Even though Silver Wheaton (NYSE:SLW) is considered less risky than other silver-related investments (mainly because it's a streaming company and not a producer), the worldwide leading silver streaming company still faces several challenges that could impede its progress in the future.
1. Progress in developing projects
Silver Wheaton partners with big precious metals producers, and for partial ownership in projects, the company receives a stream of gold and silver at a low fixed price. But if the partner's progress in a certain project gets delayed, it could result in a delay for Silver Wheaton in receiving its stream. At the very least, there is always the risk of a producer not completing the development of a mine. Case in point: Barrick Gold (NYSE:GOLD) had to delay construction in its Pascua-Lama mine because of environmental reasons. This impediment didn't cause Silver Wheaton any losses because it revised the contract with Barrick Gold -- the latter will provide the former a stream of precious metals from its other projects. So, even though this delay didn't impact Silver Wheaton this time, it could if Barrick Gold were to face additional challenges, or even if it drops this project.
2. Silver prices
The main uncertainty for Silver Wheaton doesn't come from its operating costs, but from its revenue -- specifically the fluctuations in the price of silver. Last year, the plunge in the price of silver slashed its profit margin to 55%. In comparison, back in 2012, its profit margin was 70%.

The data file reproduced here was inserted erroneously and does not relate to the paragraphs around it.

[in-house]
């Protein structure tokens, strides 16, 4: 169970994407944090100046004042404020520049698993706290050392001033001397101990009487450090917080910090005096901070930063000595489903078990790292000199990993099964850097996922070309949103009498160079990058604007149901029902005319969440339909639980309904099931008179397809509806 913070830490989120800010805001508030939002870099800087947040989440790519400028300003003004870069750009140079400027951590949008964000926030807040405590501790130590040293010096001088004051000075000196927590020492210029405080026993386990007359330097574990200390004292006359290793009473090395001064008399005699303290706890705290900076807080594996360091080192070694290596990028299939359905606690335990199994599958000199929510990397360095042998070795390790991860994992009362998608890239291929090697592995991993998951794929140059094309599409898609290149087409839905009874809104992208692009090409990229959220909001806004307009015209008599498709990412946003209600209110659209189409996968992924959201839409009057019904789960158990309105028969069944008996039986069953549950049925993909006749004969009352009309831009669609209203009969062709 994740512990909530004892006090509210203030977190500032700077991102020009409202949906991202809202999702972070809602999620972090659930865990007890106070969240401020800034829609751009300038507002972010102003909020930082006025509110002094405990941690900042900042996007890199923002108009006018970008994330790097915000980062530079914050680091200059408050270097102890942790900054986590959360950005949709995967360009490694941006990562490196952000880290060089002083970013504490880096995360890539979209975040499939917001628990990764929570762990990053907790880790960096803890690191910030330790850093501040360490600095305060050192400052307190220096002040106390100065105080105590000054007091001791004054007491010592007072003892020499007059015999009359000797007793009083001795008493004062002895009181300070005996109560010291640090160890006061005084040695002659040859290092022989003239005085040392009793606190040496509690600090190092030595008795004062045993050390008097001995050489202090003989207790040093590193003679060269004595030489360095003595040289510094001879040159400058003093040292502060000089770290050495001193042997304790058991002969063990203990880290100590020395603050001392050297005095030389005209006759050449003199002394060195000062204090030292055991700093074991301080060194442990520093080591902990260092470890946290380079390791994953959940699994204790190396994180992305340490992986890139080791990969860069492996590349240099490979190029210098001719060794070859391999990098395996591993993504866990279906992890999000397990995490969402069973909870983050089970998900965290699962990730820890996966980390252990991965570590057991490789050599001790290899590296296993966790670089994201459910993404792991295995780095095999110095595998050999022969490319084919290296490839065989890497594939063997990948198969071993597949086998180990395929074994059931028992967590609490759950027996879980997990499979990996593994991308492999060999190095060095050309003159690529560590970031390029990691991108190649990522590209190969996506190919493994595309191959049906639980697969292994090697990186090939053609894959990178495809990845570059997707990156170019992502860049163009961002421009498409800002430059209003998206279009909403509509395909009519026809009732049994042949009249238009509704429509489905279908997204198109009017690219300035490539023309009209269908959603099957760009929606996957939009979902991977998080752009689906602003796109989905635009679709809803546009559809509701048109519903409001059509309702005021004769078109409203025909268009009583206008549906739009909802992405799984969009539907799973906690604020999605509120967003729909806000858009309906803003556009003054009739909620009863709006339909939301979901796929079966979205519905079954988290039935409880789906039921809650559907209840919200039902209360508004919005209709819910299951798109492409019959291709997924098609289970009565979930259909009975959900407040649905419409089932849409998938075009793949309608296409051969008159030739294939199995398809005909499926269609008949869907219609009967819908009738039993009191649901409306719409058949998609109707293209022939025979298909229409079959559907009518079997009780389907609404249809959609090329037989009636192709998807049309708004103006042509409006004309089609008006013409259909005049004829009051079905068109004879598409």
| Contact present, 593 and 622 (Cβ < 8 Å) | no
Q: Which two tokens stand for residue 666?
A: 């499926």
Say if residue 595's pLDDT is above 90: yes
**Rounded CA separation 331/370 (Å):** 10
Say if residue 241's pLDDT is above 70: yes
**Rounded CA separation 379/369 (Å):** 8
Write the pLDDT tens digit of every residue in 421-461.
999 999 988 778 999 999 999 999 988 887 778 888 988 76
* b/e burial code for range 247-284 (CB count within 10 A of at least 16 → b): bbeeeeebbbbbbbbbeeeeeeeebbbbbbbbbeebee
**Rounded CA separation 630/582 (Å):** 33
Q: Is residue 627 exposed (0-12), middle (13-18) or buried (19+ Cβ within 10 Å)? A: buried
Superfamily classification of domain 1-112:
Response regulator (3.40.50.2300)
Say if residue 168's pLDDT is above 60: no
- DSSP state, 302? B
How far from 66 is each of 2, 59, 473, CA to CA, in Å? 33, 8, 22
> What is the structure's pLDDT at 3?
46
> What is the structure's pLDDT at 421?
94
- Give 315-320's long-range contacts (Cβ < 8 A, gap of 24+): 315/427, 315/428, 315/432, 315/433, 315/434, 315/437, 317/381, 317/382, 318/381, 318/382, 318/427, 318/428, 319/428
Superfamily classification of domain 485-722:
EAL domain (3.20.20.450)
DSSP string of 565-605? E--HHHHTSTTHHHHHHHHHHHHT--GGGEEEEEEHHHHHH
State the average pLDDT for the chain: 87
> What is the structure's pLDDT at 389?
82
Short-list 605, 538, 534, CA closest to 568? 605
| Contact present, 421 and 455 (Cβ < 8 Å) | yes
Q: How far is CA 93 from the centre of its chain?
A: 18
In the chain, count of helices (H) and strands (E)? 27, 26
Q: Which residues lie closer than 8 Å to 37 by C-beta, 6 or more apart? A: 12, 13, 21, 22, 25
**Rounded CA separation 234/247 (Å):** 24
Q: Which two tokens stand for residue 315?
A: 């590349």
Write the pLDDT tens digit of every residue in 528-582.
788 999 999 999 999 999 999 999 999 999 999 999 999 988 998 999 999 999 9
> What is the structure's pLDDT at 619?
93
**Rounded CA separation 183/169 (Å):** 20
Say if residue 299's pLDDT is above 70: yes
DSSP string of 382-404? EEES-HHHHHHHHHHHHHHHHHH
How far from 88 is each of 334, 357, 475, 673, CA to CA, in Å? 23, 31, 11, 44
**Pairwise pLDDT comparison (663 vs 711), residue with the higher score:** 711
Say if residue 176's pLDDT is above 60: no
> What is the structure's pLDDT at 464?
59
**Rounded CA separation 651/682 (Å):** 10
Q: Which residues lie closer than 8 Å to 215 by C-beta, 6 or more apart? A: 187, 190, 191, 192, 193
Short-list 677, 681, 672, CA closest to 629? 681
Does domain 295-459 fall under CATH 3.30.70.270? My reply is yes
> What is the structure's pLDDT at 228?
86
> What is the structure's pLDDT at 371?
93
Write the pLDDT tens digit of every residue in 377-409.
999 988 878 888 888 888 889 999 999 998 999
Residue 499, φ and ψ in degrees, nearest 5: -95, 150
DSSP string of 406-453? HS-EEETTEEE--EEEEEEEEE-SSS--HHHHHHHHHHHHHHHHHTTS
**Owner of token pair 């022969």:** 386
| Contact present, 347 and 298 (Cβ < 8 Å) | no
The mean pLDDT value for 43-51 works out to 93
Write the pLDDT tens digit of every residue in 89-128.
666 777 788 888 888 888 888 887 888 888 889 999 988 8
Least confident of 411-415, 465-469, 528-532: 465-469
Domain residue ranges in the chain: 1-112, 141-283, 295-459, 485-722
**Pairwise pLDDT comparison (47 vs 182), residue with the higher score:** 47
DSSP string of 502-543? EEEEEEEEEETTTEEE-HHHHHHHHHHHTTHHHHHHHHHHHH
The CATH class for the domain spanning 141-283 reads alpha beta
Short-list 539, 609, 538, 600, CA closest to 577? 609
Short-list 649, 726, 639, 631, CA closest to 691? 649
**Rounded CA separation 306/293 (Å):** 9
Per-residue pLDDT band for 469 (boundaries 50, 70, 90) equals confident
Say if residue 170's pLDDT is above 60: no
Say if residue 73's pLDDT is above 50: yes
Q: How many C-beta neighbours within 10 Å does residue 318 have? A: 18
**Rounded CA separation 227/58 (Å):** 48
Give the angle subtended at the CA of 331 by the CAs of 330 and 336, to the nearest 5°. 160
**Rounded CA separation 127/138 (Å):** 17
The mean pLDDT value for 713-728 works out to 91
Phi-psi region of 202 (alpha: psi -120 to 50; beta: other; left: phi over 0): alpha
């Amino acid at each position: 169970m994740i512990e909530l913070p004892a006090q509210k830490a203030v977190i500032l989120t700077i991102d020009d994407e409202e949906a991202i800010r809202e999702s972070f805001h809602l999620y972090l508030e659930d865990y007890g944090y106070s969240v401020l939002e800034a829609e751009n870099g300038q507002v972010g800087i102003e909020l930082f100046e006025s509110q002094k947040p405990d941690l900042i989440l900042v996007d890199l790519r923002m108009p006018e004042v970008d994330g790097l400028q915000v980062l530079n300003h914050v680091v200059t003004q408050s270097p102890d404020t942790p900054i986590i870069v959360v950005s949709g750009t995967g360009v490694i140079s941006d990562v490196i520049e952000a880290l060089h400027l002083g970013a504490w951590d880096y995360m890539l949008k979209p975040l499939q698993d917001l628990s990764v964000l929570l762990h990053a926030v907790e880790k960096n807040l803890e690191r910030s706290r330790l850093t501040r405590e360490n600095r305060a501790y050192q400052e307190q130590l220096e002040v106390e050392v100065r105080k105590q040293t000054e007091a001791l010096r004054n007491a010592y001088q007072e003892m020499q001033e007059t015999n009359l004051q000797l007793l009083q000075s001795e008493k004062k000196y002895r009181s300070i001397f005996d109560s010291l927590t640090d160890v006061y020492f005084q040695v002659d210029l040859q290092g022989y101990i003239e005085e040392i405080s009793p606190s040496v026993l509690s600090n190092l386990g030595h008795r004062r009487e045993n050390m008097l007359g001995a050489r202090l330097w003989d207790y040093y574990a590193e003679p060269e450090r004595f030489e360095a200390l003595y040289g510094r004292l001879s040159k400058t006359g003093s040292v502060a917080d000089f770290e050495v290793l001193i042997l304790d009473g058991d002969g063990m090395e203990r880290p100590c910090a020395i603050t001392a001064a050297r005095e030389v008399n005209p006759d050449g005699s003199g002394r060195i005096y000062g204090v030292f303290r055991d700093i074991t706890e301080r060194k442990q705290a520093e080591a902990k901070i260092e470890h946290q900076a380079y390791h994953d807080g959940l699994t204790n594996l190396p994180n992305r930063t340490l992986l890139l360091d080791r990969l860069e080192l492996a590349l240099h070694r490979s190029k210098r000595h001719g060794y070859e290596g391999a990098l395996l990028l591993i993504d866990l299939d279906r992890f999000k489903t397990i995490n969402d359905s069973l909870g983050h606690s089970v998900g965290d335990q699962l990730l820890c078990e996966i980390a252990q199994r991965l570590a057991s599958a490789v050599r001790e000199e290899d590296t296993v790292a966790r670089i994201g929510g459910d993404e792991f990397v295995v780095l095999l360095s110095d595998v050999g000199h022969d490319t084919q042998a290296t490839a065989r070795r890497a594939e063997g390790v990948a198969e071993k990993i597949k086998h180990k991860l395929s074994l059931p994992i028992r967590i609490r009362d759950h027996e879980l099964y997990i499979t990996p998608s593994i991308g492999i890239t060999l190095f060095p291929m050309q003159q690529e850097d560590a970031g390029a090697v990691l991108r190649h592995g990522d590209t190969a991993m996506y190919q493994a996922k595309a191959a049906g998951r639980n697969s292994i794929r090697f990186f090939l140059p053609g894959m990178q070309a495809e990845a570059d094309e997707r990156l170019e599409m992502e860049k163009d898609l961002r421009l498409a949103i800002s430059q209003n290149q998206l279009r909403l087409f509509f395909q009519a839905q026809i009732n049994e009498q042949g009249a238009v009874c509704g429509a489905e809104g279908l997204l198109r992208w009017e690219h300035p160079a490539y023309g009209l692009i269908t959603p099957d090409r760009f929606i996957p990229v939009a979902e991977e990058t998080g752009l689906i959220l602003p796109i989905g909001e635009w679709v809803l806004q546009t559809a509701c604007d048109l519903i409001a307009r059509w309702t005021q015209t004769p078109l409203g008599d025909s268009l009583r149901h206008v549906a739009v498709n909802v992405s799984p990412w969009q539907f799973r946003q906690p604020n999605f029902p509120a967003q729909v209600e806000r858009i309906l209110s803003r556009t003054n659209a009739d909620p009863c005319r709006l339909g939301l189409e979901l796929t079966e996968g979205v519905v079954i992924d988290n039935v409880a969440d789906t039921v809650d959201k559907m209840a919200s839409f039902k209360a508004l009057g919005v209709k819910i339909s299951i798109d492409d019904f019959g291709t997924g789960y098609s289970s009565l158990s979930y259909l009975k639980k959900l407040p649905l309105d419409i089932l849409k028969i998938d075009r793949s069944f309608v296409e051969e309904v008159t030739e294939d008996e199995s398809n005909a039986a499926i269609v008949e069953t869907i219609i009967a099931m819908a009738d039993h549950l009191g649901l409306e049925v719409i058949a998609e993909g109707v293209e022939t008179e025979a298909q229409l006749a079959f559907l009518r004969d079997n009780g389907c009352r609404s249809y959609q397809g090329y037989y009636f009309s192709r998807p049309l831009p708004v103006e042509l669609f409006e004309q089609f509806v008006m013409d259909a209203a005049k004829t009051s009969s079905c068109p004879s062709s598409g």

The progress in the price of silver also affects the company's dividend payment, which is linked to its operating cash flow. If the profit margin continues to fall, Silver Wheaton's cash flow from operating activities is likely to follow. In such a scenario, the dividend payment and annual yield could also contract.
Conversely, other streaming and royalty companies don't link their earnings to their dividends. Royal Gold (NASDAQ:RGLD) didn't reduce its annual dividend even though gold and silver prices dropped in the past year, which substantially slashed the company's earnings. Therefore, as silver prices come down and other royalty and streaming companies maintain their dividends, Silver Wheaton's stock will become less attractive.
3. Reaching annual guidance
This challenge has less to do with Silver Wheaton and more to do with its silver producing partners. If these companies don't deliver the precious metals on time, Silver Wheaton doesn't sell silver and gold, and its revenue suffers. This impediment isn't likely to impact the company's valuation, as precious metals will be delivered at a future date, but this could reduce the dividend paycheck and the amount of cash generated from its operations. The main issue is also meeting the annual guidance to keep its investors happy. Failure in reaching this goal might steer investors away from this company.
There are several aspects of Silver Wheaton's business that put its operations at risk. Nonetheless, its business is less risky than other silver-related alternatives, and for investors seeking to expand their portfolio with precious metals, Silver Wheaton is still among the least risky investments in this category.
Lior Cohen has no position in any stocks mentioned. The Motley Fool owns shares of Silver Wheaton. Try any of our Foolish newsletter services free for 30 days. We Fools may not all hold the same opinions, but we all believe that considering a diverse range of insights makes us better investors. The Motley Fool has a disclosure policy.